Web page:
|SREL Reprint #0332|
Radionuclide Biomagnification in Coastal-Plain Deer
James H. Jenkins and Timothy T. Fendley
Muscle samples have been obtained from over 1000 deer throughout the
Southeast during the past five years and analyzed for radionuclides.
Deer from the Lower Coastal Plain region had consistently higher levels
of 137Cs than deer from the Upper Coastal Plain, Piedmont, Central
Plateau, and Mountain regions. In
the Lower Coastal Plain, deer muscle average 45, 000 pCi/kg of 137Cs,
with some specimens ranging up to over 150,000 pCi/kg.
Animals from the other provinces averaged around 4000 pCi/kg.
We have evidence that 90Sr is effectively transported through
the Lower Coastal Plain environment also. Strontium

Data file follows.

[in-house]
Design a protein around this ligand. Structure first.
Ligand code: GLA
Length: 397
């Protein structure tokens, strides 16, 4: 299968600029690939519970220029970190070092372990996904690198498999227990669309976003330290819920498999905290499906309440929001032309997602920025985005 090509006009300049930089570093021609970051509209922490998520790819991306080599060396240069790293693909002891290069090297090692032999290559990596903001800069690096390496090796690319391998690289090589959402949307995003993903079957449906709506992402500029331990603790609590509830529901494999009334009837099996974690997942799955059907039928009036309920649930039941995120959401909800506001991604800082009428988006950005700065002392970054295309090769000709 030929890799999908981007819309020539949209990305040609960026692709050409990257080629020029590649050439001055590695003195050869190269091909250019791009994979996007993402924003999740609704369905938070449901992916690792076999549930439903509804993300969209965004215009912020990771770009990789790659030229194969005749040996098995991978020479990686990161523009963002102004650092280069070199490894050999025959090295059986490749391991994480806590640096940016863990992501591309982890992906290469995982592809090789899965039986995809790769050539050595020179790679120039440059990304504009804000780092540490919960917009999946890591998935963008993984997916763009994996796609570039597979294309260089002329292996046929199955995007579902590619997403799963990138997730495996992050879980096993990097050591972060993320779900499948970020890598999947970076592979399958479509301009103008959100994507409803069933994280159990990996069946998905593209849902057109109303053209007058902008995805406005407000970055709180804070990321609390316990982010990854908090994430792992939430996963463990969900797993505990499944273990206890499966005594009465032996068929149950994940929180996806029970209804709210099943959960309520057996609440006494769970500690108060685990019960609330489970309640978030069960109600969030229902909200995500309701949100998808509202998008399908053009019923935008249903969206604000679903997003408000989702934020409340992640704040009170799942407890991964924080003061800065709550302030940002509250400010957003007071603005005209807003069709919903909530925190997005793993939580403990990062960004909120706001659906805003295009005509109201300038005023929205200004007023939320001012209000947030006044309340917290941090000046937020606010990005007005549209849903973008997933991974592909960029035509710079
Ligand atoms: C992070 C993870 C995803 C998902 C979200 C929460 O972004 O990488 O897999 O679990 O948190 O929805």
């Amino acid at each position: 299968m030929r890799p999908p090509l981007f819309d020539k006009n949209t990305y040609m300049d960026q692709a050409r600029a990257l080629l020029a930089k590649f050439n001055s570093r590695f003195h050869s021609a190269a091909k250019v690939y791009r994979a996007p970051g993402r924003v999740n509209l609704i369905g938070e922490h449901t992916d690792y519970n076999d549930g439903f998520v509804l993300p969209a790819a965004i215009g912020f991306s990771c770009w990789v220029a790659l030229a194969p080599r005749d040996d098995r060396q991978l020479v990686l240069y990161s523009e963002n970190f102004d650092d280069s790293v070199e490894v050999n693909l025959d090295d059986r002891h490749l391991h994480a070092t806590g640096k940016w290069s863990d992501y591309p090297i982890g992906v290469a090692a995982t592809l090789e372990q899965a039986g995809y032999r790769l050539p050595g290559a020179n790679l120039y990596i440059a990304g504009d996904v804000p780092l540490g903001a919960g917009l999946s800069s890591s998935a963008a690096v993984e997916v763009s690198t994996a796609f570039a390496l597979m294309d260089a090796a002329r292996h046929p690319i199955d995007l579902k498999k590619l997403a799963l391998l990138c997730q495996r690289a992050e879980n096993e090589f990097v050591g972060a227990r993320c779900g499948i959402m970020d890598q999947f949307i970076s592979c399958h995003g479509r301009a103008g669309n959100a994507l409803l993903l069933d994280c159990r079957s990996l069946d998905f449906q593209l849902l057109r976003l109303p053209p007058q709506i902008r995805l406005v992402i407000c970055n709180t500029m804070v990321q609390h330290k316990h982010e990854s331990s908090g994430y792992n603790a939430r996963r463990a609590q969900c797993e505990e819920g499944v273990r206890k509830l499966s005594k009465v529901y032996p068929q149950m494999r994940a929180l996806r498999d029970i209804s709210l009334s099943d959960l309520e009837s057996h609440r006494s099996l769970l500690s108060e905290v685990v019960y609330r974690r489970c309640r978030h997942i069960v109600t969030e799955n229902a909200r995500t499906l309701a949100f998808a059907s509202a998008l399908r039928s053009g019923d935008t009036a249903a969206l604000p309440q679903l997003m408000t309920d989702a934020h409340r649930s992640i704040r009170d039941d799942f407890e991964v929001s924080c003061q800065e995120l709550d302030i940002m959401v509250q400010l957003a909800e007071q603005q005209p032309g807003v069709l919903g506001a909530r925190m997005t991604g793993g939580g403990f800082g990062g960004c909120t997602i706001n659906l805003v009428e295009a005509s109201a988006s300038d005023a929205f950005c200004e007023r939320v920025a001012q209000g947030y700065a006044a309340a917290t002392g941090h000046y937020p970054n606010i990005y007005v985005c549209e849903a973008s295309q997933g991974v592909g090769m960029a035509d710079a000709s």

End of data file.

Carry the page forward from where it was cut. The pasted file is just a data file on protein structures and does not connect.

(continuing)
values in deer were comparable to the values found in Arctic herbivores, while
the 137Cs values are higher than were found in the Arctic.
Potassium deficiency in vegetation probably increases radionuclide
vegetation is 20 times higher in potassium and has only 1 to 3% as much
radioactive cesium as forest and swampland vegetation.
Bioaccumulation in wildlife may well become a classic example of
radionuclide cycling. Our data
indicate that the sterile, sandy soils of the Lower Coastal Plain in combination
with high water tables and some specific radionuclide-concentrating plants
produce the conditions which result in biomagnification of 137Cs and 90Sr
SREL Reprint #0332
Jenkins, J.H. and T.T. Fendley. 1971. Radionuclide biomagnification in coastal plain deer. p. 116-122. In Third National Symposium on Radioecology, edited by D.J. Nelson. ORNL CONF 710501 P1. Oak Ridge, TN.